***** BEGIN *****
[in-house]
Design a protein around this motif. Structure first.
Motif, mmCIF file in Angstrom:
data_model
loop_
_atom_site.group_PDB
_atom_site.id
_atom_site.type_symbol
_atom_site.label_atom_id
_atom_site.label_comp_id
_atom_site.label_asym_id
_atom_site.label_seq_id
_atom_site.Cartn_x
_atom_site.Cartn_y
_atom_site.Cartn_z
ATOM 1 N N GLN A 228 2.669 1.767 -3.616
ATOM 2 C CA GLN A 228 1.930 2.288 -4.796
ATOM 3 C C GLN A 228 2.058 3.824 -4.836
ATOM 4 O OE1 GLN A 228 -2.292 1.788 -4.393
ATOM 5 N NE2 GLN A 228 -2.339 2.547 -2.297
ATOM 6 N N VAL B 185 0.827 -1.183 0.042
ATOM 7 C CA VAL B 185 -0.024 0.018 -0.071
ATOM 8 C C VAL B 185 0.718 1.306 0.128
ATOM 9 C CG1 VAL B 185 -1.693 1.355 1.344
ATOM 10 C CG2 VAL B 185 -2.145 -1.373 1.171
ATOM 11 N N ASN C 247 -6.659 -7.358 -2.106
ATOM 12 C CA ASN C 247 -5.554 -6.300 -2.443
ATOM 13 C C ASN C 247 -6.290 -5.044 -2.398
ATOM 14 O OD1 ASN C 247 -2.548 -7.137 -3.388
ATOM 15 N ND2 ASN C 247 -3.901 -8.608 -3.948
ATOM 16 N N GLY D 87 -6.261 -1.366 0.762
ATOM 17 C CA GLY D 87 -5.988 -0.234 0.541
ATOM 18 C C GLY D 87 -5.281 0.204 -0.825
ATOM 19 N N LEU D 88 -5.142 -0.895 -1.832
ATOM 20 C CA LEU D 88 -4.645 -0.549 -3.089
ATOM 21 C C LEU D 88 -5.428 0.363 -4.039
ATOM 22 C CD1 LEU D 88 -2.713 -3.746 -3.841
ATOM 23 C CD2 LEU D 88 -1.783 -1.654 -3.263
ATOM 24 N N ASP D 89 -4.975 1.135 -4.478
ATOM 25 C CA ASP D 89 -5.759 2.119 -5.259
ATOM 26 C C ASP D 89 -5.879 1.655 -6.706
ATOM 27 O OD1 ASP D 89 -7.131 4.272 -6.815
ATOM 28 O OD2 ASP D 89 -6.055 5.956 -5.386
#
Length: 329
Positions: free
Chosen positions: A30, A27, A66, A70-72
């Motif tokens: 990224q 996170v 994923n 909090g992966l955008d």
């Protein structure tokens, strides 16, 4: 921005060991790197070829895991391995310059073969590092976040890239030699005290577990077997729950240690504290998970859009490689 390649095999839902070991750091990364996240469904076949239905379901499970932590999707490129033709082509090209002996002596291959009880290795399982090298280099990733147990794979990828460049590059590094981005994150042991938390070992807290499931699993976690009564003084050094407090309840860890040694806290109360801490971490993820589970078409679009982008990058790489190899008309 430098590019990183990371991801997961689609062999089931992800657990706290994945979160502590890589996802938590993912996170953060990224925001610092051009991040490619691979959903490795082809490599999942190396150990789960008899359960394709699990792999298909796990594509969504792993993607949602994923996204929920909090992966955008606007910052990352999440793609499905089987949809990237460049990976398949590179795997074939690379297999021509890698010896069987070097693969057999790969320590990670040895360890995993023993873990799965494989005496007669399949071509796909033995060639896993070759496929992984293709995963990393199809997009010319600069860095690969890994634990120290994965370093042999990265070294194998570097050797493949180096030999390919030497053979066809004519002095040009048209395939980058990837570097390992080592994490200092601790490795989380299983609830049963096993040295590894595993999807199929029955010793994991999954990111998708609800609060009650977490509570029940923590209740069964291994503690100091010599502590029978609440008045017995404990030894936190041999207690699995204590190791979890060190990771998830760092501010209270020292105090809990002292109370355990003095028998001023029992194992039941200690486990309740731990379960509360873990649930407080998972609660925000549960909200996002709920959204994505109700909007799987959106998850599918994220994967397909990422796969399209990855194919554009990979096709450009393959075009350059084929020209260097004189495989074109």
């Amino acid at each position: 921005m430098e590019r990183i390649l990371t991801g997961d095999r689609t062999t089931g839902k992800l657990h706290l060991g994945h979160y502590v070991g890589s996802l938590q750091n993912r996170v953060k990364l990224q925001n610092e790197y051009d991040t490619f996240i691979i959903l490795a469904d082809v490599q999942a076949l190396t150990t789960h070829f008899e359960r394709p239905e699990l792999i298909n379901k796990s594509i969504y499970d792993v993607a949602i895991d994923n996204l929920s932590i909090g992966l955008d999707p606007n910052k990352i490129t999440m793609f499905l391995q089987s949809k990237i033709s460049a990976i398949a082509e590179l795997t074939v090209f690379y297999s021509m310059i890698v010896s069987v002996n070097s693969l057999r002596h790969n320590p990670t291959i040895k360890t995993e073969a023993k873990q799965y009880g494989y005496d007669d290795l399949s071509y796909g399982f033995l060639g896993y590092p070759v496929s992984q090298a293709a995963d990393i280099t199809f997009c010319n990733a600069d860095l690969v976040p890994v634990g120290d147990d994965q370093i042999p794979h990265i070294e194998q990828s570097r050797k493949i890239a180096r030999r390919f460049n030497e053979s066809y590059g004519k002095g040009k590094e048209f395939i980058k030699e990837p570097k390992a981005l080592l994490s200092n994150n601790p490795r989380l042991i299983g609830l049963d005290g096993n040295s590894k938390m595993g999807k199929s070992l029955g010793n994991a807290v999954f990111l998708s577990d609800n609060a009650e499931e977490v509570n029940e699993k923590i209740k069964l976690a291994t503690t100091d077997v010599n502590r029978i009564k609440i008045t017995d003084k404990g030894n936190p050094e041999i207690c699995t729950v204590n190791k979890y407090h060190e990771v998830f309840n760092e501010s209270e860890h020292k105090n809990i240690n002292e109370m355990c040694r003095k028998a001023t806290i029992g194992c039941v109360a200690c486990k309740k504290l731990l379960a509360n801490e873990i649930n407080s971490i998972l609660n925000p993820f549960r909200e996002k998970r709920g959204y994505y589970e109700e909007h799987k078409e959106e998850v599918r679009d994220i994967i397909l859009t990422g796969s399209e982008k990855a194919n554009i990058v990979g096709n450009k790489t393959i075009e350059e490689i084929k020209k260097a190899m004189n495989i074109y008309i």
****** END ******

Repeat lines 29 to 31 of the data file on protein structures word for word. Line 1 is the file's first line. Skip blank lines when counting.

ATOM 14 O OD1 ASN C 247 -2.548 -7.137 -3.388
ATOM 15 N ND2 ASN C 247 -3.901 -8.608 -3.948
ATOM 16 N N GLY D 87 -6.261 -1.366 0.762